In the Big Rip, the expansion of space proceeds to the point where first galaxies, then stars and planets and ultimately the atoms of elements themselves cannot hold together. They simply rip apart, leaving a vast expanding universe of “>22 billion to 62 billion years from now.

In the Big Freeze, the universe continues to expand, but not sufficiently fast to cause cosmic suicide. As galaxies become more and more separated from each other, and stars within galaxies do as well, our descendants, if any, will lose the ability to see them and the evening sky will become darker and darker. As the universe gets larger, its temperature will approach absolute zero. Existing stars ultimately will die and no more will be born. The universe will suffer from heat death and become an infinitely large area of dark husks and waste.

Of course, much of this is speculative. And there are variations on these themes as well as other scenarios. For instance, some believe that the Big Crunch could lead to a Big Bounce and renewed life for the universe. Others talk about a “>Big Slurp, where a bubble in our universe or from another universe suddenly appears and annihilates our universe. That said, and with all possible caveats, the Big Freeze scenario appears, for now, to be the “>Second Temple was constructed, ultimately that period ended in destruction and dispersal as well. Not only had the prophesied time of peace and prosperity neither come nor been sustained, the rabbis in the “>Messianic Age, one which would be presided over by the anointed one, the Mashiach or “>6000 years after creation, a view “>3761 BCE, meaning that the Messianic Age would arrive no later than Rosh HaShanah in the year 2239 CE. The rabbis were giving themselves and the Messiah plenty of slack.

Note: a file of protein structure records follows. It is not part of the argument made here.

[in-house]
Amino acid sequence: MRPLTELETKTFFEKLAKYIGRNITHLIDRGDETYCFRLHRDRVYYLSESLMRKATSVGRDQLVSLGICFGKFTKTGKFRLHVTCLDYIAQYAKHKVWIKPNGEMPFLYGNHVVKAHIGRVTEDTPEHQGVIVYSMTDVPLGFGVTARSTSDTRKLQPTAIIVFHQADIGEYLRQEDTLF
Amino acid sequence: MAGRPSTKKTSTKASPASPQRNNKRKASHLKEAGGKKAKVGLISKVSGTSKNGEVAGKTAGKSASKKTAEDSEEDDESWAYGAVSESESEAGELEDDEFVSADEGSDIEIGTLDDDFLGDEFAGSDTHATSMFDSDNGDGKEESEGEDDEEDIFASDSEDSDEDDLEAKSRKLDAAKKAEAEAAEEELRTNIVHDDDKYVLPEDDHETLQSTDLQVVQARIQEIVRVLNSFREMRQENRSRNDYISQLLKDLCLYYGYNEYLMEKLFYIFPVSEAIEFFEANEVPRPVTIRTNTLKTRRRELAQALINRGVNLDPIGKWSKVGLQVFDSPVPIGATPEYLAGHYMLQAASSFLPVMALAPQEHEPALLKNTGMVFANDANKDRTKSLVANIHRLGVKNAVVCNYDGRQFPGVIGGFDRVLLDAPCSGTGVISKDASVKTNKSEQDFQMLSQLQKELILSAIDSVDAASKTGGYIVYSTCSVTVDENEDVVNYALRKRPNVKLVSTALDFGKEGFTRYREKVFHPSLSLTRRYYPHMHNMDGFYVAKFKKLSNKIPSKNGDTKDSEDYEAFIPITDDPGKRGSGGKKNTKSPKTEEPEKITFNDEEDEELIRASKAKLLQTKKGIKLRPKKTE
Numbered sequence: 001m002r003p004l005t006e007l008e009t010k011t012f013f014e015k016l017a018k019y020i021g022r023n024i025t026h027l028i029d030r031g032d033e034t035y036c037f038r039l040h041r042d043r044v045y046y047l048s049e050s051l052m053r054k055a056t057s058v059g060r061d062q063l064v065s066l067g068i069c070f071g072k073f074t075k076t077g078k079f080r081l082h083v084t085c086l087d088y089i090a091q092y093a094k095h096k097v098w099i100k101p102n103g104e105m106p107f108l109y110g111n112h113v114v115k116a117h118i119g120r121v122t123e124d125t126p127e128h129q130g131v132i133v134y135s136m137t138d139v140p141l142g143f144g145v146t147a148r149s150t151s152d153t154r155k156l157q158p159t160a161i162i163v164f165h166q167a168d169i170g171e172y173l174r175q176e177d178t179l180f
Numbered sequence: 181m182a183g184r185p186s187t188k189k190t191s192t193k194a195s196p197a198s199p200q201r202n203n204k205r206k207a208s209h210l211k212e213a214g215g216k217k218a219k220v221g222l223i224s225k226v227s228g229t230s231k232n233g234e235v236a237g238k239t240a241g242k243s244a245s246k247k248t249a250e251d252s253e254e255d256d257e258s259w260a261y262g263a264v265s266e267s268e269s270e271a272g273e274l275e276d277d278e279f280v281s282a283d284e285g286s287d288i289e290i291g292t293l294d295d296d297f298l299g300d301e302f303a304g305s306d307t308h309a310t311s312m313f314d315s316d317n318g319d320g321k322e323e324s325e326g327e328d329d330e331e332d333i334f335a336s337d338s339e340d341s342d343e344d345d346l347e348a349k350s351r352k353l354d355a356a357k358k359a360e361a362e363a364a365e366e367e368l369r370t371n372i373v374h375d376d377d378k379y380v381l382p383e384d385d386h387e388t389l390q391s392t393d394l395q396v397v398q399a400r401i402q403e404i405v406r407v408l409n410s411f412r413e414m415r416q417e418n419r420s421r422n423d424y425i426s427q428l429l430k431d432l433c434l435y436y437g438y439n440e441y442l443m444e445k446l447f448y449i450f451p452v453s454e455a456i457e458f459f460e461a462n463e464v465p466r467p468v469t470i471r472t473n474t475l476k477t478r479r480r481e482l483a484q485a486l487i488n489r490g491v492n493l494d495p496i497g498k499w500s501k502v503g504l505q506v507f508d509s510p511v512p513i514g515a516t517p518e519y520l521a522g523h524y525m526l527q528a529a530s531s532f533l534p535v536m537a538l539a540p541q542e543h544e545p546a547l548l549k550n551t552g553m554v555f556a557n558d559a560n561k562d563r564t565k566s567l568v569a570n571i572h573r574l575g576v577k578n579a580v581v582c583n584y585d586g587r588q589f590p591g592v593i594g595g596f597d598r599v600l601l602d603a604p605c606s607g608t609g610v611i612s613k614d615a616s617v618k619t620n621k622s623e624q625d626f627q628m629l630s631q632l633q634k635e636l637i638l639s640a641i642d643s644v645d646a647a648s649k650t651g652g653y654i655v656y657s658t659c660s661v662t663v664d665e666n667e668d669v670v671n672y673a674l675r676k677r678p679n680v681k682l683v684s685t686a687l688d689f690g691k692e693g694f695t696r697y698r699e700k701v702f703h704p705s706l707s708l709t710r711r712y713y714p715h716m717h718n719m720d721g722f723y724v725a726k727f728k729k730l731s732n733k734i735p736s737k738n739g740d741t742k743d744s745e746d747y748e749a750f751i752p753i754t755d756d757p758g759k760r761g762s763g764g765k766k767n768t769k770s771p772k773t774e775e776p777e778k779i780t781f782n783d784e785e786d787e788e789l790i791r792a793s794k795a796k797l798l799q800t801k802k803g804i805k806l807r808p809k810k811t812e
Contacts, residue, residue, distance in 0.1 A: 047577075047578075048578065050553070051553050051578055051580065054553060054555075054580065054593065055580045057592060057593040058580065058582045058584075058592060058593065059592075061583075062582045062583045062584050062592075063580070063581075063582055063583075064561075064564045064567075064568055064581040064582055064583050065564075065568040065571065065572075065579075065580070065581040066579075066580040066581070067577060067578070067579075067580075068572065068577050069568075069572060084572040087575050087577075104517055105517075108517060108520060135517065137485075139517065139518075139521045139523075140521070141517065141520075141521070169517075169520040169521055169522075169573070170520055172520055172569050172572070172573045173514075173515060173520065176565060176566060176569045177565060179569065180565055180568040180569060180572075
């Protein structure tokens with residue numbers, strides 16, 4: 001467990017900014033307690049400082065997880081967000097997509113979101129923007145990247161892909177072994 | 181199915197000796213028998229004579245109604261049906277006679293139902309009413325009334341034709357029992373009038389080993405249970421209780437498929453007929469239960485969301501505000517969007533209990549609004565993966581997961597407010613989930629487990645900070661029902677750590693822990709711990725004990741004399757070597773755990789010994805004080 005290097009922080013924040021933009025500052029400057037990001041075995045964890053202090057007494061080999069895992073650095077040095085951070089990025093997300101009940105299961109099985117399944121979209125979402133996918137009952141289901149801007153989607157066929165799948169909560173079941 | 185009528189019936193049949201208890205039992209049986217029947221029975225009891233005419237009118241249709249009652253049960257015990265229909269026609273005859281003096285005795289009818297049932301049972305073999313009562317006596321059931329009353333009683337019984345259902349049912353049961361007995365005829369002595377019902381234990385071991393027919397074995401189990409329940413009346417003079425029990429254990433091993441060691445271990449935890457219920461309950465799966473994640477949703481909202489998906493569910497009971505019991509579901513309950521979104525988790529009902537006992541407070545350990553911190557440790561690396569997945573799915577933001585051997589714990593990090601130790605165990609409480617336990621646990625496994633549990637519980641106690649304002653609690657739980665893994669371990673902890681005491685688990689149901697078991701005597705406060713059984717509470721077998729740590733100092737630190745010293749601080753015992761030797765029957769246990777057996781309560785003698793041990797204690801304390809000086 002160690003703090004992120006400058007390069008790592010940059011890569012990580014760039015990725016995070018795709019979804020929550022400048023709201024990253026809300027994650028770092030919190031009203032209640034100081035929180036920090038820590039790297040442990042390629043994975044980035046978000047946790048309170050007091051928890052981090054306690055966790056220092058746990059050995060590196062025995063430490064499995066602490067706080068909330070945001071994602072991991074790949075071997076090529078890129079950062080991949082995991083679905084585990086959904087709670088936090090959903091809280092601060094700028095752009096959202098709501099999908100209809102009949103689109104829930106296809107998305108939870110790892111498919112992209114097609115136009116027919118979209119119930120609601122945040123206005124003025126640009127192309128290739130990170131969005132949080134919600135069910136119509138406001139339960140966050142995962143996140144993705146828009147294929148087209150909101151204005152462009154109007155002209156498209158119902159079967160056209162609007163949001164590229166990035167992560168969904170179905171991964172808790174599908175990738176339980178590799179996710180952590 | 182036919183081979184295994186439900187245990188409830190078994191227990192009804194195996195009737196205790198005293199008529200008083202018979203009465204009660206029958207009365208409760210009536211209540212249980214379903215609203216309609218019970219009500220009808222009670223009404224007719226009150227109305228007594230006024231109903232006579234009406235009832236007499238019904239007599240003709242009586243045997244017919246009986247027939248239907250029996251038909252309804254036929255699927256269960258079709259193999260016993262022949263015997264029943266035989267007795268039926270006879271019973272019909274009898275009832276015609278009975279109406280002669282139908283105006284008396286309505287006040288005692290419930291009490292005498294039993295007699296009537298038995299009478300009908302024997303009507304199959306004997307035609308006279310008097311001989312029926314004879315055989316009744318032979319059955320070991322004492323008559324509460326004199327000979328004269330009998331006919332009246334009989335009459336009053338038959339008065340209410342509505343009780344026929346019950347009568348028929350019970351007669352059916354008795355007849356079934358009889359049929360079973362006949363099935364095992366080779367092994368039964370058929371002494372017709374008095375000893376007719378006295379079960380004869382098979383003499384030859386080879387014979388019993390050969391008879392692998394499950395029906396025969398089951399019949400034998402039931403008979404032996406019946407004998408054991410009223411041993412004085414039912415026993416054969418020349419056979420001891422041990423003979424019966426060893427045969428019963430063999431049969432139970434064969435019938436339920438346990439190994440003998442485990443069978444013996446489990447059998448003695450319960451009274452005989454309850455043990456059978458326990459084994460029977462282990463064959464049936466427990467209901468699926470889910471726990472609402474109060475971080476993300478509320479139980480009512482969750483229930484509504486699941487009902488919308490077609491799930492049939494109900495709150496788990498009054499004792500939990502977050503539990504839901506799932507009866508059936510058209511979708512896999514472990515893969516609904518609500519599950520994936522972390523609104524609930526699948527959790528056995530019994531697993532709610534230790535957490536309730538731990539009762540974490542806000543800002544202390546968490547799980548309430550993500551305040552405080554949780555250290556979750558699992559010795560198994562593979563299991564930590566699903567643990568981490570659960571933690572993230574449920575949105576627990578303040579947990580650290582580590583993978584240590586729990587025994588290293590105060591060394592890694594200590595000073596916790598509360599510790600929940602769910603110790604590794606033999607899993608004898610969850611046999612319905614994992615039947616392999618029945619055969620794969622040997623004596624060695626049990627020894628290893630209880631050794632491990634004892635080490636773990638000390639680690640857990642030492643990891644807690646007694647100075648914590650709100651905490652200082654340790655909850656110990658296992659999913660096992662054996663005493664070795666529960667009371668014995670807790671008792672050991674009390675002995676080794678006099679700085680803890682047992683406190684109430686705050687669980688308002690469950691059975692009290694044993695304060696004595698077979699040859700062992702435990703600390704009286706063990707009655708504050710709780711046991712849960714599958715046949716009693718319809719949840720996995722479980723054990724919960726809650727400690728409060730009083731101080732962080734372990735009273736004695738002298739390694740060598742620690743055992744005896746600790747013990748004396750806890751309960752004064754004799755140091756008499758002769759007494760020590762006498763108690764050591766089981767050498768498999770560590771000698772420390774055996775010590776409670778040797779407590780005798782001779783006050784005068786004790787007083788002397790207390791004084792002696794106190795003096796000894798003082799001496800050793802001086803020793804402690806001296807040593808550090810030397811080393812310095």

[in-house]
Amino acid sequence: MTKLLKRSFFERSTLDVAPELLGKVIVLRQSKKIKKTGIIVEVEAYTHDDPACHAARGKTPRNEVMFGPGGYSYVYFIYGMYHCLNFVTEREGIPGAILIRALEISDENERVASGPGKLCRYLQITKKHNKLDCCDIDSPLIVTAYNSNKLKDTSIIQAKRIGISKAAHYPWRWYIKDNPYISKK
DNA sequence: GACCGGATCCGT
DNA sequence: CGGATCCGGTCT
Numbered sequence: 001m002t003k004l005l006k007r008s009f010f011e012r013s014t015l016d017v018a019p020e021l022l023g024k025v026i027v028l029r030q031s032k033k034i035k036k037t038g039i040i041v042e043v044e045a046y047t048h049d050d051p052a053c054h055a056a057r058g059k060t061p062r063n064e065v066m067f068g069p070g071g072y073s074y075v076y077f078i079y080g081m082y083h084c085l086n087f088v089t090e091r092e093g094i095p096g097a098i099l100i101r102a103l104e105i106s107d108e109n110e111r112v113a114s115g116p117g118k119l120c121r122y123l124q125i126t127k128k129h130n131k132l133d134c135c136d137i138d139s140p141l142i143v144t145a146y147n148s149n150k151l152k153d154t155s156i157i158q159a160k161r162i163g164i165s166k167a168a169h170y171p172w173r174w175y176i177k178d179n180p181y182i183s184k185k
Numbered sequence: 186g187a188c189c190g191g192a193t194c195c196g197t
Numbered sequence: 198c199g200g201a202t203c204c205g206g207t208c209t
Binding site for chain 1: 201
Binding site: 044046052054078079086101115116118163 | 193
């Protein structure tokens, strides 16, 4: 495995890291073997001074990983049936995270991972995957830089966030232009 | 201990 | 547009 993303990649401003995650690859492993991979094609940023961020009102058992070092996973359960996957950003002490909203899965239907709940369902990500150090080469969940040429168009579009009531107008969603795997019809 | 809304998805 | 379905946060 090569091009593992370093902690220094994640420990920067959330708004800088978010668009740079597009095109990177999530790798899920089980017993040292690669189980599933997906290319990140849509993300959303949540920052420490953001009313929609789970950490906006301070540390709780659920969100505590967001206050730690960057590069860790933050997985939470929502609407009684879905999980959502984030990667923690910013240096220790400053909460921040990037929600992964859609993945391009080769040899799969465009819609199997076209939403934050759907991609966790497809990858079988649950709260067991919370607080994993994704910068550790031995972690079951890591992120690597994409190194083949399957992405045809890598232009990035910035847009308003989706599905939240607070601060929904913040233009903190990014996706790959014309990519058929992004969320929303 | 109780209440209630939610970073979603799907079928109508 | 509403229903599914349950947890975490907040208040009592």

But as the great medieval scholar “>for the Rambam (at 19-20/38) was that Jews would return to the land of Israel and regain their independence. Life would go on. Even as some imagined horrific battles or other conditions that would presage the Messianic Age, there was no narrative about mass destruction during the Messianic Age itself. The whole point was the reconstitution of a united Jewish People in their ancestral homeland, free to build their society in peace.

How could it be otherwise? After all, if it were foreseen that the entirety of what is, including life itself, would someday cease to be, and cease irrespective of the scope of adherence to a particular set of commandments, laws and instructions, how would rabbis of that time have explained the purpose of the original creation?  What would such an anticipated end say of the Creator of the Beginning? Or of God’s later promise to Noah, his descendants and all living creatures, symbolized by the rainbow, to never again destroy the world? (See Gen. 9:8-17.)

Of course, the same questions can be asked of rabbis today and they have less of an excuse of ignorance. At the same time, perhaps the Messianic Age is too important a topic to be left to theologians. Perhaps it is for poets to provide the compelling lesson, as “>here:

If you always assume that the man sitting next to you is the Messiah,

Waiting for some simple human kindness,

You will soon come to weigh your words and watch your hands.

And if he so chooses not to reveal himself in your time,

It will not matter.

Another version of this post was published previously at